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Bringing History to Life: The People in The Many Stories of 1704
by Freda Brackley
This essay explains how the 1704 website writers created the character narratives that appear on the People menu. Some are based almost entirely on a character's own words or historical documents that flesh out the character's life. In other instances, where there are few or no written records, we have fashioned "composite narratives," based on historical, archaeological, traditional, and linguistic evidence used to create plausible life stories.


The following essays were written by historians to provide a wider historical context for the events, people and artifacts discussed in this web site. Click an essay's title to view it.

A Brief History of Metacom's War
by Project Staff
Metacom's War (also known as King Philip's War) greatly impacted the cultural landscape of New England for the Native Americans and English, alike. This essay provides a brief overview of that conflict.

Captivity and Return
by Kevin Sweeney
This explanation describes the varied experiences of the Deerfield captives and explores the differing Native motivations and traditions of captivity taking, the efforts of French men and women to convert them to Catholicism and the efforts of New Englanders to secure their return.

English Colonization
by Kevin Sweeney
An exploration of the motivations of the English colonists who settled New England, this essay describes the social, political and religious institutions that they created and briefly characterizes their interactions with Native peoples.

English Puritanism
by Kevin Sweeney
After outlining the points of religious conflict in England, Dr. Sweeney examines how English settlers in New England practiced and experienced their brand of Protestantism.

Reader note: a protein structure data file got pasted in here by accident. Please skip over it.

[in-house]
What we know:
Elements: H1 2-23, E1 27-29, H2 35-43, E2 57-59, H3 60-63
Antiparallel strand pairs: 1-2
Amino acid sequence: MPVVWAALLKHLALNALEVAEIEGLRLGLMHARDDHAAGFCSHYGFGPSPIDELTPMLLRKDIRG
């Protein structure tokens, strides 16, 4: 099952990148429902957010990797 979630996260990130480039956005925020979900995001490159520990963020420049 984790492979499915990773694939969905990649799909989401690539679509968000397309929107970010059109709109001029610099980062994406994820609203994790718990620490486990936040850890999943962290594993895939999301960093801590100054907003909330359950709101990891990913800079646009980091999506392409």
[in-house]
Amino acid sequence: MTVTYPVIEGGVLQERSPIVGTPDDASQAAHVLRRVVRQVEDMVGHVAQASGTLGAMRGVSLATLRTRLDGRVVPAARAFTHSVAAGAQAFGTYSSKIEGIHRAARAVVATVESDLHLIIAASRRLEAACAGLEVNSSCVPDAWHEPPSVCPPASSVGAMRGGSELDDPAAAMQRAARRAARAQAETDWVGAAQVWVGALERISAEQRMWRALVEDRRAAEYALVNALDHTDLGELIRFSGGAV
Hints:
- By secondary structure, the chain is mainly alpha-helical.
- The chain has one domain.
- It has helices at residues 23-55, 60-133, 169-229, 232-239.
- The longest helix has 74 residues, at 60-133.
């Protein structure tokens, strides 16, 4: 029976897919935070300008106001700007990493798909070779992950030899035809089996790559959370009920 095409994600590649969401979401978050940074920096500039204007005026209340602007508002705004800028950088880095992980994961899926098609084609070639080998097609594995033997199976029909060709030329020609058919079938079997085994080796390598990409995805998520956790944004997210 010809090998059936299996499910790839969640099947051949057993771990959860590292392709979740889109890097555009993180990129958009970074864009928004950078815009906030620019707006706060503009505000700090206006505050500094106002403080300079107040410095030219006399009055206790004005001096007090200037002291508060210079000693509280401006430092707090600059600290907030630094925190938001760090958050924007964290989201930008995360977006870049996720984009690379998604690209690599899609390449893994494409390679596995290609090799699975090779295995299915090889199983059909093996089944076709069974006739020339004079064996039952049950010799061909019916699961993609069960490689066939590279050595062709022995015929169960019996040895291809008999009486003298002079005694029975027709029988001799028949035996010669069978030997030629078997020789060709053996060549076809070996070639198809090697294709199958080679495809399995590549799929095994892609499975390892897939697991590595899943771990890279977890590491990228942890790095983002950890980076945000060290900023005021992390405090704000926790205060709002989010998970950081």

Epidemics and Social Disorder
by Kevin Sweeney
This essay describes the introduction and spread of European diseases in the Northeast and explores the impact of these diseases on Native peoples of the Northeast.

European Land Use and the Transformation of the Northeast
by Kevin Sweeney
This explanation describes how French and English colonists took possession of Native lands and explains how their ideas of land ownership and their use of land transformed the region.

French Catholicism
by Kevin Sweeney
This essay contextualizes the religious struggles between Protestantism and Catholicism in North America, and explores the relationship between Catholic missionaries, colonial officials and the settlers of New France.

French Colonization
by Kevin Sweeney
Examining the motivations of the French colonists who settled New France, this essay describes the social, political and religious institutions of the colony, and briefly characterizes their interactions with Native peoples.

Native Diaspora and New Communities
by Kevin Sweeney
This explanation looks at the movements of Iroquoian and Algonkian peoples that led to the establishment of Native villages at Lorette, Odanak, Kahnawake, La Montagne and Sault-au-Récollet.

Native Diaspora and New Communities: Algonkian & Wobanaki
by Marge Bruchac
During the 17th century, Native nations began shifting alliances and changing locations, as they coped with disease, inter-tribal struggles, and international warfare. Eventually, new communities formed among peoples living away from their original homelands.

Native Land Use and Settlements in the Northeastern Woodlands
by Marge Bruchac
This explanation discusses the different ways in which Algonkian and Iroquoian peoples related to, lived on, and managed the natural landscape over time, and assesses the impact of European colonization on Native lifeways.

Schaghticoke and Points North: W˘banaki Resistance and Persistence
by Marge Bruchac
Between the 1670s and 1760s, refugee villages like Schaghticoke became crucial gathering places for Native people from the Connecticut River Valley who formed lasting alliances with the northern W˘banakiak.

Slavery and the Slave Trade in Colonial New England
by Joanne Pope Melish
This essay explains the origins and significance of slavery in colonial New England and describes the work and culture of slaves within a framework of shifting conditions of freedom and servitude for Indians, Africans, and whites. It also places New England slavery and the slave trade in the larger context of the Atlantic economy.

Who Owns History?
by Barry O'Connell
This explanation discusses the question of whether or not all accounts of the past are prejudiced, equally partial by reasons of the blindnesses, needs, or assumptions of their creators. It offers suggestions for how teachers or students might evaluate the relative truth of one account of the past, compared to another.

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